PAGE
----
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NCAA Golf Rooted at Wakonda

NCAA Golf rooted AT WAKONDA

Written by Guy R. Cook 

The Wakonda Club has been the site for numerous prestigious golf tournaments for a century. 

Many are aware Wakonda was the site of the 1939 NCAA National Golf Championship, held at the club in late June of that year, but few are aware that the tournament was the very first NCAA sanctioned golf tournament ever held in the country.

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Competition for the event was fierce. The selection of Wakonda was made only after, “spirited bidding in which San Francisco, New York, St. Louis, Detroit, and the famous courses of Inverness (site of four U.S. Opens and two PGA’s) and Scioto CC (host of the U.S. Open, PGA, Ryder Cup, and U.S Amateur) sought the event.”

Wakonda became, “the first course west of the Mississippi river to be selected as a site for a national intercollegiate golf tournament, one of the country’s two top-ranked amateur links events.” It was the first time a national tournament was staged in Iowa. 

Chick Evans, “the old monarch of the amateur realm,” was the head of the NCAA golf committee that selected Wakonda. Evans, winner of the Western Open, was the first amateur to win both the U.S. Open and the U.S. Amateur in the same year. He played on four Walker Cup teams and competed in a record 50-consecutive U.S. Amateurs in his long career. Evans said Wakonda, “Ranks among the first-class courses in the country.” He played Wakonda in a practice round in May of 1939 and said, “These greens are as good as you’ll find at Oakmont and Brookline, they have two qualities a green should have — they catch the ball and they run true.” He remarked, “These will be the finest greens the college boys have ever played on.” Evans described number 14 as a “magnificent hole.”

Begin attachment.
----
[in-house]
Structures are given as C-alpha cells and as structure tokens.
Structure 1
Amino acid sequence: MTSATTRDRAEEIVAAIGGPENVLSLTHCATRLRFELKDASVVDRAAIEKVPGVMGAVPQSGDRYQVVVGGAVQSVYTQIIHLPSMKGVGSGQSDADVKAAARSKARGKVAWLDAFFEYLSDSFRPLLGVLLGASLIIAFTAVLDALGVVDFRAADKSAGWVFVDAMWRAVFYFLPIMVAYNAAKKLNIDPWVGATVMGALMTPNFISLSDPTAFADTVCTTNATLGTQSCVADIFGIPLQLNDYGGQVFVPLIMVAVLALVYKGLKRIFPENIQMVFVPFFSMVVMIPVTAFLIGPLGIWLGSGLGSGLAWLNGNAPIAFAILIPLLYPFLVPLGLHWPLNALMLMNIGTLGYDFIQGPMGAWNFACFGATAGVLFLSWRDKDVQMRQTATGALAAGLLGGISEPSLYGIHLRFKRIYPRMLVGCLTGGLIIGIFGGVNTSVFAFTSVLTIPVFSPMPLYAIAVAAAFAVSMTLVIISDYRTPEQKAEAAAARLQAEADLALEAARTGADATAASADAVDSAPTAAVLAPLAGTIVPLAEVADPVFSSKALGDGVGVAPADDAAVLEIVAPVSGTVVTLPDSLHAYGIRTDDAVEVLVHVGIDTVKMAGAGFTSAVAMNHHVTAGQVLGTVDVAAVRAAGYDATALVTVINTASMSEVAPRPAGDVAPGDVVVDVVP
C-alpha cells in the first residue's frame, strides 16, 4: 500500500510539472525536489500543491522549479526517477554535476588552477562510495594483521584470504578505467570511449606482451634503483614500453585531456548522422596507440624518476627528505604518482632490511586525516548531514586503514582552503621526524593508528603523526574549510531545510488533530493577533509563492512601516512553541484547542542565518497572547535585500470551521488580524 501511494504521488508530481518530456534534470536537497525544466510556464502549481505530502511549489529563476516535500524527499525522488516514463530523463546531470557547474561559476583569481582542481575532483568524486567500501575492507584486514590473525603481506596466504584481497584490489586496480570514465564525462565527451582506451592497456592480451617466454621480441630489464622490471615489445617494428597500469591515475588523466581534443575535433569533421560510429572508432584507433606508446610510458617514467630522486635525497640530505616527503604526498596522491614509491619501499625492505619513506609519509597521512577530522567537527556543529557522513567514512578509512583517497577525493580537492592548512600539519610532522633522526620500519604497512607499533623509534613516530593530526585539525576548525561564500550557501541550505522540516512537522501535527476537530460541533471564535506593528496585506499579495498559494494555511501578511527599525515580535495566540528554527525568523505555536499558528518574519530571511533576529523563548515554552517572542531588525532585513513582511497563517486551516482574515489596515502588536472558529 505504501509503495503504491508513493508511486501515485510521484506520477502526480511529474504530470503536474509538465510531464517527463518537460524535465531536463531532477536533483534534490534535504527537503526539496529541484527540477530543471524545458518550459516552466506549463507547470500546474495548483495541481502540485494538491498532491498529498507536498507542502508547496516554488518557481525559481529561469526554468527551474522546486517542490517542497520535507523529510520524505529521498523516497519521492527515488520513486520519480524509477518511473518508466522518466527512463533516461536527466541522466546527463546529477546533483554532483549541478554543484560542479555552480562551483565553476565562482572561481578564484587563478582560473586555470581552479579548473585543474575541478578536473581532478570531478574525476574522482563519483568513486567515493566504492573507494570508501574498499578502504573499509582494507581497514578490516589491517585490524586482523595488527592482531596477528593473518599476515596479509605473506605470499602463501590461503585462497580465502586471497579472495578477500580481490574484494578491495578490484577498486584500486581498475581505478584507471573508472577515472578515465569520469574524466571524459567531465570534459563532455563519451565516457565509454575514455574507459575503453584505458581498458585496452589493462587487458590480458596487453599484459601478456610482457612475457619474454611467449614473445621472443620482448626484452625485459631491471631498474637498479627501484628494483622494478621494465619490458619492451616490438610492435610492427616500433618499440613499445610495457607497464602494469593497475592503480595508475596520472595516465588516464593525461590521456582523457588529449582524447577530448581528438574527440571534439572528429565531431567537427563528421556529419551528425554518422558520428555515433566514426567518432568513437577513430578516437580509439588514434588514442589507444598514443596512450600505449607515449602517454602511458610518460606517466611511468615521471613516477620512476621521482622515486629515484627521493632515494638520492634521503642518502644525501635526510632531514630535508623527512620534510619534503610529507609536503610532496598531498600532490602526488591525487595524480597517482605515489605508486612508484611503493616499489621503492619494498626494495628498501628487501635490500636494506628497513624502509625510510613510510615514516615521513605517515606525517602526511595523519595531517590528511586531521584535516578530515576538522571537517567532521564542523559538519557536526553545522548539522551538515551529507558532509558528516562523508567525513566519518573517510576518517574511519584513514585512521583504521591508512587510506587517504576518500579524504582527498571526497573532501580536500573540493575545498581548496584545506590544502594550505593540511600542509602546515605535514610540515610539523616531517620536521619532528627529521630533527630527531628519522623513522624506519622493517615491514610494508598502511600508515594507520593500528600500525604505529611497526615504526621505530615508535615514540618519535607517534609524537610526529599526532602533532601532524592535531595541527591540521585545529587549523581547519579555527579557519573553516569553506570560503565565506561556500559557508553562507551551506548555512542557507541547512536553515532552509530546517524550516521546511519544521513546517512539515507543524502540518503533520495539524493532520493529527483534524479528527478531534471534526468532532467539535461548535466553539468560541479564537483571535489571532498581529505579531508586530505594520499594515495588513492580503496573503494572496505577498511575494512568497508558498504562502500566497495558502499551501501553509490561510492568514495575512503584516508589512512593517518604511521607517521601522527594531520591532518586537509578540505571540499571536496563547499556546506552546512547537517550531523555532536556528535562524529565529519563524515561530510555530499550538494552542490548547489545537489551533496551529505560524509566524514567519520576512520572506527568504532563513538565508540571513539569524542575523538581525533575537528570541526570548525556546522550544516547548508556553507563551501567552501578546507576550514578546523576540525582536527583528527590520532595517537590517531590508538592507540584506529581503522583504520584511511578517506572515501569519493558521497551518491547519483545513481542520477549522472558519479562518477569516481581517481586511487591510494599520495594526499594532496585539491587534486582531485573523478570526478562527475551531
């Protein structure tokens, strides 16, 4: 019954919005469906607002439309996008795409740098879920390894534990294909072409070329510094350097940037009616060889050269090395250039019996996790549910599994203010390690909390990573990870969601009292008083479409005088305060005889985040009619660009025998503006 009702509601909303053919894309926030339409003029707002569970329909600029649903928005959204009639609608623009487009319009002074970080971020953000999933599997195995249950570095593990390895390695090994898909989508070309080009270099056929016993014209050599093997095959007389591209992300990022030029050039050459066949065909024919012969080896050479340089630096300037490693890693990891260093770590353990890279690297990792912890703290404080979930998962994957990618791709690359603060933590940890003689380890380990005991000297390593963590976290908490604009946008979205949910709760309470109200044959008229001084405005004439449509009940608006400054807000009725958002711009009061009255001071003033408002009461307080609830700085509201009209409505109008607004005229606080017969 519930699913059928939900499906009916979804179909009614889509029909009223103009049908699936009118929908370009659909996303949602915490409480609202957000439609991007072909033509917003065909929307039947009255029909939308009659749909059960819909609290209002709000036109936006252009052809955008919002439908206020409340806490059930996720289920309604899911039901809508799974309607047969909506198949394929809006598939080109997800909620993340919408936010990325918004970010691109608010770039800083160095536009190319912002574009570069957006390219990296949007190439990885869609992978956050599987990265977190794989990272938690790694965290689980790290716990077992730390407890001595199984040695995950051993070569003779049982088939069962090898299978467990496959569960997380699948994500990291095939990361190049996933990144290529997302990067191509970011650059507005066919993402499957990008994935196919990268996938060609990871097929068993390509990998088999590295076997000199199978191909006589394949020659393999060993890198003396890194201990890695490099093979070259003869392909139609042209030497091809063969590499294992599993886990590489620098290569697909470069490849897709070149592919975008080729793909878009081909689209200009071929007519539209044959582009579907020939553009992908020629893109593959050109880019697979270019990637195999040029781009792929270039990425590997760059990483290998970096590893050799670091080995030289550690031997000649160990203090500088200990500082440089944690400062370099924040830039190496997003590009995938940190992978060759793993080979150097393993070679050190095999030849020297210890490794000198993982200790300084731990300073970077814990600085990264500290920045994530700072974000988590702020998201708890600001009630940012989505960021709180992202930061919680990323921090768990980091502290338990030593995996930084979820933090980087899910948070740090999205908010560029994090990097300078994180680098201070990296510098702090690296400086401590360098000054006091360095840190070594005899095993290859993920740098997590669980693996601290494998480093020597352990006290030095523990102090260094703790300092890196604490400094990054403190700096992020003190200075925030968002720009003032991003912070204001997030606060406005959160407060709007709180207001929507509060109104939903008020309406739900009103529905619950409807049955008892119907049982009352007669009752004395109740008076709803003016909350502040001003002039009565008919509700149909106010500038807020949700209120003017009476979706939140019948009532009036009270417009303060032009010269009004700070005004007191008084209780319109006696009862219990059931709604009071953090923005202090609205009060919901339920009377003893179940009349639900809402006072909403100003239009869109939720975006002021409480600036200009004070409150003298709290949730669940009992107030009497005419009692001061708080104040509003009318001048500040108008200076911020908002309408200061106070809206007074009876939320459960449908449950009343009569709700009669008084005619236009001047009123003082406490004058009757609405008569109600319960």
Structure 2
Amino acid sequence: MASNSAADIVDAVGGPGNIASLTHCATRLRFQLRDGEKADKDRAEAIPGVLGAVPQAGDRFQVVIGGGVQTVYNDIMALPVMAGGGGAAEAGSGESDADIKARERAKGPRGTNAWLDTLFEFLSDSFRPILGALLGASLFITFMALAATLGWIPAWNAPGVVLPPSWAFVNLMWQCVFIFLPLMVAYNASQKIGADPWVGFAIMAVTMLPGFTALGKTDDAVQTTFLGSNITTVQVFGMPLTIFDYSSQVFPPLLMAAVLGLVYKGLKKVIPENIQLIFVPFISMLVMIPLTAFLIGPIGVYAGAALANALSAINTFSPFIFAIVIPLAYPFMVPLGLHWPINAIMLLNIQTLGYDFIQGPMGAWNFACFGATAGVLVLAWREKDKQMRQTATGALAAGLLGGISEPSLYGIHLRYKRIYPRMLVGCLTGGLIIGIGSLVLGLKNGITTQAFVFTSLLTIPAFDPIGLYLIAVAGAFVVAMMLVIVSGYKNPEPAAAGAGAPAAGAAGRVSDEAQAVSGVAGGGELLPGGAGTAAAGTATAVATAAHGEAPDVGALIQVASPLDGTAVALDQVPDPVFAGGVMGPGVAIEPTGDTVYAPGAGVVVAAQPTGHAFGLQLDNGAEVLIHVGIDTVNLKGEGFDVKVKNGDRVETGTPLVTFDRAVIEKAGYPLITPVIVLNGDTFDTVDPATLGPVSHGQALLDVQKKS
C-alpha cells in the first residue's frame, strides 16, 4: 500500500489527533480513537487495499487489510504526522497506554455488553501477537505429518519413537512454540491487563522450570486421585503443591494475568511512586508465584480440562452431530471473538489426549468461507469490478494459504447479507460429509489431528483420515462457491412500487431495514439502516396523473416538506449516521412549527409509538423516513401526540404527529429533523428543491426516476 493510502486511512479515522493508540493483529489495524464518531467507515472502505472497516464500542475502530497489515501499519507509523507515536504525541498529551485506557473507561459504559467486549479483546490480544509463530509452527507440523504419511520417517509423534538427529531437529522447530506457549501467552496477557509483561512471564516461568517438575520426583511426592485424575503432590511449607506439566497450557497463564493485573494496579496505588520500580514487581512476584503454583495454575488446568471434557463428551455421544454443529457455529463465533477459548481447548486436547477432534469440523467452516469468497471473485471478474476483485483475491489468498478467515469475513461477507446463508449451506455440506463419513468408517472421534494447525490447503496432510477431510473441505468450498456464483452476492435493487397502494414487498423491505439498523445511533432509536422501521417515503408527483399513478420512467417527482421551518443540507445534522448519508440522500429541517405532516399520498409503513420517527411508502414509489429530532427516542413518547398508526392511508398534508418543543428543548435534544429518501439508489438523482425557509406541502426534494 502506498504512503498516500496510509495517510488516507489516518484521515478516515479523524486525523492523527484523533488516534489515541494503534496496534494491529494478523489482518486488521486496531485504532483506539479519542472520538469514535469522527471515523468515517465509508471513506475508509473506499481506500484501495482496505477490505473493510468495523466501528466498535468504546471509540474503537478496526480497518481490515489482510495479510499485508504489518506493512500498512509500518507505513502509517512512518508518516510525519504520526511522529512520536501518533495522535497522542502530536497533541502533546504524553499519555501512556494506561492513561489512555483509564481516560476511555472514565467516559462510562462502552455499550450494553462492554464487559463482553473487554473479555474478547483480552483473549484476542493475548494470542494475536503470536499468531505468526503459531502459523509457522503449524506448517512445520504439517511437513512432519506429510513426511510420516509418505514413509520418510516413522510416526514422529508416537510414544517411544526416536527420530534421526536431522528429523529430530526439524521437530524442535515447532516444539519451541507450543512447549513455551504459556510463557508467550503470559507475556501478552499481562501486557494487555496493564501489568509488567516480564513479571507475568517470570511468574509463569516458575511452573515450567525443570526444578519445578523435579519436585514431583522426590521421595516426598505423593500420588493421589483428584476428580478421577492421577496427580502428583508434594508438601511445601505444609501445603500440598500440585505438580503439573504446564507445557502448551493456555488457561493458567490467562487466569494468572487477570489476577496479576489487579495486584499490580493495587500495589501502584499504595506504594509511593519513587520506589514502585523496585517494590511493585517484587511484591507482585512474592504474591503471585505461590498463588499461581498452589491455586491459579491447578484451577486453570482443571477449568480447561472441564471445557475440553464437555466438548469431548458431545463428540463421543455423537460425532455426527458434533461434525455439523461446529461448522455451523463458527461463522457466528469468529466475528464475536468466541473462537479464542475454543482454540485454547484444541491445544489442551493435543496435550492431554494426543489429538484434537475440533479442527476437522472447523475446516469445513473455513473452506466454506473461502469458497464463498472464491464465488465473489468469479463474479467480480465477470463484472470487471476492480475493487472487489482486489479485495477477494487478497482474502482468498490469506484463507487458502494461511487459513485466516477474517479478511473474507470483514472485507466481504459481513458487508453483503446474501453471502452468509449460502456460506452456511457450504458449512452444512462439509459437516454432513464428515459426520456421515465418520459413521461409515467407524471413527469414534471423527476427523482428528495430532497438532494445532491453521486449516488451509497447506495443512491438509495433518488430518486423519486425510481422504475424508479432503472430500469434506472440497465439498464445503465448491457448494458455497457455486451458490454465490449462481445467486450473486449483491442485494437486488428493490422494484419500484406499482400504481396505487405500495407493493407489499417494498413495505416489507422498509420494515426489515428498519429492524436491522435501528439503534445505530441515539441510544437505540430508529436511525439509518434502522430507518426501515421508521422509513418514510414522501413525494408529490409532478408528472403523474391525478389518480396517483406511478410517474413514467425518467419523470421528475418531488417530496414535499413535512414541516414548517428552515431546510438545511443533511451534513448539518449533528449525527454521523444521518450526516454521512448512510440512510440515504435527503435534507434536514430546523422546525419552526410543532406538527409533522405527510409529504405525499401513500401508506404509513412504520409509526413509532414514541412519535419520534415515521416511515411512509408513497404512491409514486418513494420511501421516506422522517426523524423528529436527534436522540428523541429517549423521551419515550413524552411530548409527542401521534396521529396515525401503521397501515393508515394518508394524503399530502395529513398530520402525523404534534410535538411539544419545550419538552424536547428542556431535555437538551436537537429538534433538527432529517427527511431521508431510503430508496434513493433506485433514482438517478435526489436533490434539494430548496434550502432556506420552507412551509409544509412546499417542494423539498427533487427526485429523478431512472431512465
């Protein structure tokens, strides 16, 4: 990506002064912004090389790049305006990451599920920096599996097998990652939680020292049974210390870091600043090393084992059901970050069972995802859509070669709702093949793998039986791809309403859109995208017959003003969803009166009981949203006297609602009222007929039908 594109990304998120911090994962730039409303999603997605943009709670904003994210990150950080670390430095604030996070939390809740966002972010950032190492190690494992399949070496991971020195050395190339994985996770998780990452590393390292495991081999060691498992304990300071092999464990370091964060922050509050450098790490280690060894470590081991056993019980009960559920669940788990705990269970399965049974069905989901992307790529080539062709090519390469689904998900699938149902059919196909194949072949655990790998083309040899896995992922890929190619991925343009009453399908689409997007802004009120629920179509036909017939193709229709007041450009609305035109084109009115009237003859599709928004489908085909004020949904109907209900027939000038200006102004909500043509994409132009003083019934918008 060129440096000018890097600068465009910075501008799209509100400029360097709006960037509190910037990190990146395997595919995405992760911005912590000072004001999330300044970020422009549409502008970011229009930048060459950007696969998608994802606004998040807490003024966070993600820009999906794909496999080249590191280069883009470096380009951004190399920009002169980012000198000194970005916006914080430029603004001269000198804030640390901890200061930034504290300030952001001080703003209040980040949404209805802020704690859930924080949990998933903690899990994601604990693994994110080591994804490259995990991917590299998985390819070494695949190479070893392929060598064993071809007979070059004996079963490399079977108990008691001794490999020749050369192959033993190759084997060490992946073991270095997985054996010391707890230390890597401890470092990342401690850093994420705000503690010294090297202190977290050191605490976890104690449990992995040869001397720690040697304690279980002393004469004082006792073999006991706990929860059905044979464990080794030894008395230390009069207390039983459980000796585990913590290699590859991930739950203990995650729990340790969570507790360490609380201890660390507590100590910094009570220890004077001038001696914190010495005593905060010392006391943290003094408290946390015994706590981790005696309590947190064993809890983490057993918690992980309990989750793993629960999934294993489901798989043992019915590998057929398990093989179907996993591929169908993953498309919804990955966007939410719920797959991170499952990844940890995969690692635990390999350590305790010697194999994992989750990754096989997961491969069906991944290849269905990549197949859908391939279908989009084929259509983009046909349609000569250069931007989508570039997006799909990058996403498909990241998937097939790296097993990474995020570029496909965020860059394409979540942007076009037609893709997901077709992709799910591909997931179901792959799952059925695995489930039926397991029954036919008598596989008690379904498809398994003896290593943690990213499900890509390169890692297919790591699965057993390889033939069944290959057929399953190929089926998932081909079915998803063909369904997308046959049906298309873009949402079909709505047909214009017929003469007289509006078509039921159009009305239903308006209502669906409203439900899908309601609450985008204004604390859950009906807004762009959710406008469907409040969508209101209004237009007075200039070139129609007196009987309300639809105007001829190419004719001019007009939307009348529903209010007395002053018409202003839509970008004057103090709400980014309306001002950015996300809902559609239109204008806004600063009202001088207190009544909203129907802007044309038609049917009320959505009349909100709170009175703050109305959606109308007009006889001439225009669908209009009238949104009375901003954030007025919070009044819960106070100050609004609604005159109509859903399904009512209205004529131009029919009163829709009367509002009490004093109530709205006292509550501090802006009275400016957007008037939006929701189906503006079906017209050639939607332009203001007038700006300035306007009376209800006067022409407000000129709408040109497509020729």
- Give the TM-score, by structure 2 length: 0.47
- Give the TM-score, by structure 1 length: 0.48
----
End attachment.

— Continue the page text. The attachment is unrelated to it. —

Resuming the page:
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Following a practice round, the captain of the Yale golf team described Wakonda as, “a real championship course, tough enough for any tournament in existence.”

The tournament was scheduled to be held from June 26 - July 1. Nearly 200 golfers, from 50 major colleges and universities, were invited to compete and “match shots.” The Stanford University “Indians”, the 1938 national team winner were invited to compete. A number of individual stars highlighted the field, including John Burke of Georgetown - the 1938 individual champion; Robert Babbish of the University of Detroit - the Western Open amateur champi-on; Des Moines native, Billy Cordingly, of Harvard and Centerville native, and state champion, Chase Fannon, of Northwestern - the Big Ten’s individual titlist. 

The University of Iowa sent a number of top golfers, including, Dick and Jim Hoak. Iowa State University sent former City Junior Champion, and captain “iron man”, Tom Hoak, as well Billy Hall - former Iowa Amateur champion, among others.